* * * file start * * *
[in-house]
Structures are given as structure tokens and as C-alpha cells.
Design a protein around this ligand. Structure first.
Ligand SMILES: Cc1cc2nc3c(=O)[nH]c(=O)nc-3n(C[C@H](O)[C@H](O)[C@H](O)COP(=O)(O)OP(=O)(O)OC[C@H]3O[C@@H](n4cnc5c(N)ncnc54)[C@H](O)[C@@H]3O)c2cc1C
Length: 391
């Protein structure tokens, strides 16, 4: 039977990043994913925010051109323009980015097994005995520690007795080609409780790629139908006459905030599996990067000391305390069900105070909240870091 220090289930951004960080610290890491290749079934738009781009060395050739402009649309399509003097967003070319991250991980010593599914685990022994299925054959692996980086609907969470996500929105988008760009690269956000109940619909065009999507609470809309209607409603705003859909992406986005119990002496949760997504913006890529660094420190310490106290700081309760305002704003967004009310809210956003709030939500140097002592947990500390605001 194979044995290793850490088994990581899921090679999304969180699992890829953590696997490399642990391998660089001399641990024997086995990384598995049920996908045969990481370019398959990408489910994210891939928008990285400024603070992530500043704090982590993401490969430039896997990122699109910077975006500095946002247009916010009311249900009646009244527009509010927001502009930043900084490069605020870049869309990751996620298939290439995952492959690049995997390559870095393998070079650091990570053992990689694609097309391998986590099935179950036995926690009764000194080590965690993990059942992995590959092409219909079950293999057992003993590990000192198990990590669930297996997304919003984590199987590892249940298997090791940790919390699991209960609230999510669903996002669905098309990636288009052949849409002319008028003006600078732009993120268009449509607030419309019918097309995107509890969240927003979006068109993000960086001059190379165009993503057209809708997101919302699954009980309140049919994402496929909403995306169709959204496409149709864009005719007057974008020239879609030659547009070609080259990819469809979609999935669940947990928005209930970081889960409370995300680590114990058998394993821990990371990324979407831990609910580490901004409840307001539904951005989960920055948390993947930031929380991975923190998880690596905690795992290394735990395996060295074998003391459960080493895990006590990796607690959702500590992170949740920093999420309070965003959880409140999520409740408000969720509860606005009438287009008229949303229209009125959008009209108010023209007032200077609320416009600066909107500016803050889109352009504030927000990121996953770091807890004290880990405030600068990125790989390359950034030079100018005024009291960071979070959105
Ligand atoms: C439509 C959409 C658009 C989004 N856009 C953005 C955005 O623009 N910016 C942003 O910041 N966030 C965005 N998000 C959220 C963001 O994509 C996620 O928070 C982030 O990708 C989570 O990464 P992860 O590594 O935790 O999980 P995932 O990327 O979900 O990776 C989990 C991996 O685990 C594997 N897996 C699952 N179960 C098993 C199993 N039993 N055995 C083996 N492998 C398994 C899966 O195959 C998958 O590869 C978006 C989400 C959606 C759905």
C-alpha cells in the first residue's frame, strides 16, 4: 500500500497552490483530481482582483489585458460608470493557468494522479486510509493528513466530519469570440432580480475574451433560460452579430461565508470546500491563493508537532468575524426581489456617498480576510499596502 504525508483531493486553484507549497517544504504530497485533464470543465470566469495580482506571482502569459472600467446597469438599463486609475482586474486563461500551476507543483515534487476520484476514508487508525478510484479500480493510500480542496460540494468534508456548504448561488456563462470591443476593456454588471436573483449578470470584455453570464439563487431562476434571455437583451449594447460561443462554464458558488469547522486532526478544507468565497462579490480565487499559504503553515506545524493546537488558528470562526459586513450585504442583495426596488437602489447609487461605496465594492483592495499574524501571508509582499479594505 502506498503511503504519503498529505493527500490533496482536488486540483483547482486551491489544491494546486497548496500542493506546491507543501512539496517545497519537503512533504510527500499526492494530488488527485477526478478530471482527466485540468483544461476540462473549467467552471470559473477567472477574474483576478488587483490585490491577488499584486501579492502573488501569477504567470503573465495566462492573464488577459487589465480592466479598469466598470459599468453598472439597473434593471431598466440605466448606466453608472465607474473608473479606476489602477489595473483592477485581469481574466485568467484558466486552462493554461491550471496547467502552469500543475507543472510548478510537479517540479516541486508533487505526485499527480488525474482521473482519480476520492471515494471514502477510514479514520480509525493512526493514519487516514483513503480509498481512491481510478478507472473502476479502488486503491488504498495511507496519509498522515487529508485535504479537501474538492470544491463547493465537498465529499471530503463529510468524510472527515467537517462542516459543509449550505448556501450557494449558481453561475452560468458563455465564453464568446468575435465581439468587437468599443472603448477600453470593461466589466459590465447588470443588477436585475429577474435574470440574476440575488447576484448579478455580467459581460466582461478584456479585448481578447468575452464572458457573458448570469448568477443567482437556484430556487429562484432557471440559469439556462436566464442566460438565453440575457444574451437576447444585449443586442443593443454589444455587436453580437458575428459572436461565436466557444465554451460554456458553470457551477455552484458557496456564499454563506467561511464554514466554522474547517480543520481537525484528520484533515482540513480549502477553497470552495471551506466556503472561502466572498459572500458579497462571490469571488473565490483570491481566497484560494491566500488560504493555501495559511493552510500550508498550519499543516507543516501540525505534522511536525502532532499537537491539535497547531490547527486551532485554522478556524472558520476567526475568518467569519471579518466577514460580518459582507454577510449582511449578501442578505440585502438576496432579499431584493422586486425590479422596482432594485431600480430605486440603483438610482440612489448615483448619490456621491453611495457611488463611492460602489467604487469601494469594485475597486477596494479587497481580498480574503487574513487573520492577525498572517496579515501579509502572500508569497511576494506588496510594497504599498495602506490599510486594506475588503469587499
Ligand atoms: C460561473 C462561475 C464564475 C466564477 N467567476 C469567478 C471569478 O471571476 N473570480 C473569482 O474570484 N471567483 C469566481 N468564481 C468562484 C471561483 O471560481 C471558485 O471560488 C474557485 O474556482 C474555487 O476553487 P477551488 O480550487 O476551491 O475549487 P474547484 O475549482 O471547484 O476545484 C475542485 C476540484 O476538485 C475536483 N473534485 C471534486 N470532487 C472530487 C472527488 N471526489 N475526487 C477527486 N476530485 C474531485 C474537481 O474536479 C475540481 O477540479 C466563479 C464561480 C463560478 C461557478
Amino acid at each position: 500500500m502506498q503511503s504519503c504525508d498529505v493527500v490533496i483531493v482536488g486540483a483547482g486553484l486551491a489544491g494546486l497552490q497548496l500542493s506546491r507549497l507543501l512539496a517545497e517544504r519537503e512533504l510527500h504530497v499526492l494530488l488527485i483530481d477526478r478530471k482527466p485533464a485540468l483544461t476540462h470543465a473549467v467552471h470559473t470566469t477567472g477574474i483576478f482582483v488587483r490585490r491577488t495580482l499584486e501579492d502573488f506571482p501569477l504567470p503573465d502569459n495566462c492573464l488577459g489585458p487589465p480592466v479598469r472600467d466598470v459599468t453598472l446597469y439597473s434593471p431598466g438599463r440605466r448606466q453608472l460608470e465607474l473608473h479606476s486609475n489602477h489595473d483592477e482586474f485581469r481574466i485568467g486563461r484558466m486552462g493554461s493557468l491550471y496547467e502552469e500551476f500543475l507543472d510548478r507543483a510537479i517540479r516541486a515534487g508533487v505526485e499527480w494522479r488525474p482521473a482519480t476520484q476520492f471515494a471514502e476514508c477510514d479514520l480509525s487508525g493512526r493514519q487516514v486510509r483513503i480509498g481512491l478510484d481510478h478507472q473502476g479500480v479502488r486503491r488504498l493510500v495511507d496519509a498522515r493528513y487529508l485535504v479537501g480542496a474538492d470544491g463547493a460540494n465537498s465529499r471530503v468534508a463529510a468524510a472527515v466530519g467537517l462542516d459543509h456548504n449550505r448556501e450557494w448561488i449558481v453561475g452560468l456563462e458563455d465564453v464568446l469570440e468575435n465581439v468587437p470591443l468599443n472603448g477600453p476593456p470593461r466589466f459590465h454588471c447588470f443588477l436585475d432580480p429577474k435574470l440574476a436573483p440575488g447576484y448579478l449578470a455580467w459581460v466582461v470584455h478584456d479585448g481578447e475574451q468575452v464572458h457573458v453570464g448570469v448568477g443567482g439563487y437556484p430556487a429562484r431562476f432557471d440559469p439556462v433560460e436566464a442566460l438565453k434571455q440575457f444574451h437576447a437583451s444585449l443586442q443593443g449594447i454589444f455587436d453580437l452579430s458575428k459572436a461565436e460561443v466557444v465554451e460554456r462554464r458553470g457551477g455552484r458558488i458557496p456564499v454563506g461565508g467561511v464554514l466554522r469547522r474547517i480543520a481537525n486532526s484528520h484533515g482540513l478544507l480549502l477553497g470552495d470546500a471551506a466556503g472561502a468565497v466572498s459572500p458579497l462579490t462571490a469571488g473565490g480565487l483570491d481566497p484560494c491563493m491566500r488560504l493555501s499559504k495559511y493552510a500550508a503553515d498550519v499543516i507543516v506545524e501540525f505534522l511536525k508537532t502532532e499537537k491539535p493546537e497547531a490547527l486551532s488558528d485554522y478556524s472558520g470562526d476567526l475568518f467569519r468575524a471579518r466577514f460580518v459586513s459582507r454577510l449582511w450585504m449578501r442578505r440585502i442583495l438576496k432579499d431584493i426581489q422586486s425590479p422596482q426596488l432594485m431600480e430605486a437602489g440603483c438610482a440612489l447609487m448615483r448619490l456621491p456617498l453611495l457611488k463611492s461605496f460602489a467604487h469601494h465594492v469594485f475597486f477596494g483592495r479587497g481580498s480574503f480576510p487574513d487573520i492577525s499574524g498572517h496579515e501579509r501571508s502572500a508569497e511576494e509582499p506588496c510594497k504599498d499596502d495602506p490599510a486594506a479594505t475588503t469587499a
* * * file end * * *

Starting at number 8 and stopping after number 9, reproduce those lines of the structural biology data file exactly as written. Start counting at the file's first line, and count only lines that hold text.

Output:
C-alpha cells in the first residue's frame, strides 16, 4: 500500500497552490483530481482582483489585458460608470493557468494522479486510509493528513466530519469570440432580480475574451433560460452579430461565508470546500491563493508537532468575524426581489456617498480576510499596502 504525508483531493486553484507549497517544504504530497485533464470543465470566469495580482506571482502569459472600467446597469438599463486609475482586474486563461500551476507543483515534487476520484476514508487508525478510484479500480493510500480542496460540494468534508456548504448561488456563462470591443476593456454588471436573483449578470470584455453570464439563487431562476434571455437583451449594447460561443462554464458558488469547522486532526478544507468565497462579490480565487499559504503553515506545524493546537488558528470562526459586513450585504442583495426596488437602489447609487461605496465594492483592495499574524501571508509582499479594505 502506498503511503504519503498529505493527500490533496482536488486540483483547482486551491489544491494546486497548496500542493506546491507543501512539496517545497519537503512533504510527500499526492494530488488527485477526478478530471482527466485540468483544461476540462473549467467552471470559473477567472477574474483576478488587483490585490491577488499584486501579492502573488501569477504567470503573465495566462492573464488577459487589465480592466479598469466598470459599468453598472439597473434593471431598466440605466448606466453608472465607474473608473479606476489602477489595473483592477485581469481574466485568467484558466486552462493554461491550471496547467502552469500543475507543472510548478510537479517540479516541486508533487505526485499527480488525474482521473482519480476520492471515494471514502477510514479514520480509525493512526493514519487516514483513503480509498481512491481510478478507472473502476479502488486503491488504498495511507496519509498522515487529508485535504479537501474538492470544491463547493465537498465529499471530503463529510468524510472527515467537517462542516459543509449550505448556501450557494449558481453561475452560468458563455465564453464568446468575435465581439468587437468599443472603448477600453470593461466589466459590465447588470443588477436585475429577474435574470440574476440575488447576484448579478455580467459581460466582461478584456479585448481578447468575452464572458457573458448570469448568477443567482437556484430556487429562484432557471440559469439556462436566464442566460438565453440575457444574451437576447444585449443586442443593443454589444455587436453580437458575428459572436461565436466557444465554451460554456458553470457551477455552484458557496456564499454563506467561511464554514466554522474547517480543520481537525484528520484533515482540513480549502477553497470552495471551506466556503472561502466572498459572500458579497462571490469571488473565490483570491481566497484560494491566500488560504493555501495559511493552510500550508498550519499543516507543516501540525505534522511536525502532532499537537491539535497547531490547527486551532485554522478556524472558520476567526475568518467569519471579518466577514460580518459582507454577510449582511449578501442578505440585502438576496432579499431584493422586486425590479422596482432594485431600480430605486440603483438610482440612489448615483448619490456621491453611495457611488463611492460602489467604487469601494469594485475597486477596494479587497481580498480574503487574513487573520492577525498572517496579515501579509502572500508569497511576494506588496510594497504599498495602506490599510486594506475588503469587499
Ligand atoms: C460561473 C462561475 C464564475 C466564477 N467567476 C469567478 C471569478 O471571476 N473570480 C473569482 O474570484 N471567483 C469566481 N468564481 C468562484 C471561483 O471560481 C471558485 O471560488 C474557485 O474556482 C474555487 O476553487 P477551488 O480550487 O476551491 O475549487 P474547484 O475549482 O471547484 O476545484 C475542485 C476540484 O476538485 C475536483 N473534485 C471534486 N470532487 C472530487 C472527488 N471526489 N475526487 C477527486 N476530485 C474531485 C474537481 O474536479 C475540481 O477540479 C466563479 C464561480 C463560478 C461557478